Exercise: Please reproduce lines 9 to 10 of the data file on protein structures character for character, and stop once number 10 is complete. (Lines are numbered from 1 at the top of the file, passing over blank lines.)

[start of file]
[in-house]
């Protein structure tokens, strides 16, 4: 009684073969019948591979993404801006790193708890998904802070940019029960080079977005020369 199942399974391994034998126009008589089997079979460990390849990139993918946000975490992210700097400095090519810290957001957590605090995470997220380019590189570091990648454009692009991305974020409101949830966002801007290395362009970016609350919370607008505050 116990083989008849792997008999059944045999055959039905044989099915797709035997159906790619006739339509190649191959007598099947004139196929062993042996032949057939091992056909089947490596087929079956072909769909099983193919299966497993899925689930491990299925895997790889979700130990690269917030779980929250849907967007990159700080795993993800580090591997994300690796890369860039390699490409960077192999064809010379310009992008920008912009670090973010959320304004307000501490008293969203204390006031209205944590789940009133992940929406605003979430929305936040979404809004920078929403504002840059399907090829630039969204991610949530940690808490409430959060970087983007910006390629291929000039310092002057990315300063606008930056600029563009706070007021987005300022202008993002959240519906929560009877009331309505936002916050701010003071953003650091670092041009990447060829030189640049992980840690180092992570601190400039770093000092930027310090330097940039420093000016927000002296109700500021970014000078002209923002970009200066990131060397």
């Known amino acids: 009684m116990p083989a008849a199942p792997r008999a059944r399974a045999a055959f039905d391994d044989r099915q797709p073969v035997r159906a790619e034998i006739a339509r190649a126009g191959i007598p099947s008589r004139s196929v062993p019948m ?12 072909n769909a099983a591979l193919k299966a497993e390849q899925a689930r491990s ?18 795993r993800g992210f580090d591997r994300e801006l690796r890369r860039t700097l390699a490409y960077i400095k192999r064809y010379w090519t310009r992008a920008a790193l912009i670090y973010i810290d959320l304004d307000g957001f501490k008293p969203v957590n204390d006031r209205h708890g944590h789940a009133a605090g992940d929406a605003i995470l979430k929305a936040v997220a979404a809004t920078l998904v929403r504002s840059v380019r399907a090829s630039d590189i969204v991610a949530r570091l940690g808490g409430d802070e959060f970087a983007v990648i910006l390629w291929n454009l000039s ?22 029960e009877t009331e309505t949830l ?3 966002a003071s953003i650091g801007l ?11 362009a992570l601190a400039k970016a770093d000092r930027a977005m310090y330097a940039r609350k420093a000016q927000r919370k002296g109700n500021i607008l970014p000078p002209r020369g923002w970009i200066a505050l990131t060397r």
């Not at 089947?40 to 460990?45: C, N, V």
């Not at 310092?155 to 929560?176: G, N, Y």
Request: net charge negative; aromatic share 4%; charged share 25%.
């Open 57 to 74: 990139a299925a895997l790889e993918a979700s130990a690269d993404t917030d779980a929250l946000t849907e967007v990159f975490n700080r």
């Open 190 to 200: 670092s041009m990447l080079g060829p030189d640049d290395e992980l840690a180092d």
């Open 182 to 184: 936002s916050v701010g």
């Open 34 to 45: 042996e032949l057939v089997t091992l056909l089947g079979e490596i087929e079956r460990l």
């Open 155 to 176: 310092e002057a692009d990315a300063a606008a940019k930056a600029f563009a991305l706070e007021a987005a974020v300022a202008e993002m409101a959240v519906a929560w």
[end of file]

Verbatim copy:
């Open 182 to 184: 936002s916050v701010g």
């Open 34 to 45: 042996e032949l057939v089997t091992l056909l089947g079979e490596i087929e079956r460990l």